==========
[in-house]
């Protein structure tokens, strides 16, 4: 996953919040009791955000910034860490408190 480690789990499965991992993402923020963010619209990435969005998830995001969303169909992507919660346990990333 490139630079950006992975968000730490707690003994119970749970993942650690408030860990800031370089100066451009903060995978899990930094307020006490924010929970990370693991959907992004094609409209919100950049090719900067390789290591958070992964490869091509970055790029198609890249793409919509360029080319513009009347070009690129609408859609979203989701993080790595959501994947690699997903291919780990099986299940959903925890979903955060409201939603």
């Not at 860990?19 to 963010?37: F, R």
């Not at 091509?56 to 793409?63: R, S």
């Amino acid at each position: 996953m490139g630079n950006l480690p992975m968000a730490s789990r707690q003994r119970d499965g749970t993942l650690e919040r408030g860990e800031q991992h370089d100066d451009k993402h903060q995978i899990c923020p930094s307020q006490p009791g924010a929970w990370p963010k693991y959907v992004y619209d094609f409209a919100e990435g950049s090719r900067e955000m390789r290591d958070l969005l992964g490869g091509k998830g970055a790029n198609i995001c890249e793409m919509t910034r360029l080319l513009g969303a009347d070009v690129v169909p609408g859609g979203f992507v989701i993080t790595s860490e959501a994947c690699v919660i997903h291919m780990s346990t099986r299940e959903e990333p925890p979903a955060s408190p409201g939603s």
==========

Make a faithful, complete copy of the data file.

[in-house]
């Protein structure tokens, strides 16, 4: 996953919040009791955000910034860490408190 480690789990499965991992993402923020963010619209990435969005998830995001969303169909992507919660346990990333 490139630079950006992975968000730490707690003994119970749970993942650690408030860990800031370089100066451009903060995978899990930094307020006490924010929970990370693991959907992004094609409209919100950049090719900067390789290591958070992964490869091509970055790029198609890249793409919509360029080319513009009347070009690129609408859609979203989701993080790595959501994947690699997903291919780990099986299940959903925890979903955060409201939603």
């Not at 860990?19 to 963010?37: F, R």
């Not at 091509?56 to 793409?63: R, S």
């Amino acid at each position: 996953m490139g630079n950006l480690p992975m968000a730490s789990r707690q003994r119970d499965g749970t993942l650690e919040r408030g860990e800031q991992h370089d100066d451009k993402h903060q995978i899990c923020p930094s307020q006490p009791g924010a929970w990370p963010k693991y959907v992004y619209d094609f409209a919100e990435g950049s090719r900067e955000m390789r290591d958070l969005l992964g490869g091509k998830g970055a790029n198609i995001c890249e793409m919509t910034r360029l080319l513009g969303a009347d070009v690129v169909p609408g859609g979203f992507v989701i993080t790595s860490e959501a994947c690699v919660i997903h291919m780990s346990t099986r299940e959903e990333p925890p979903a955060s408190p409201g939603s």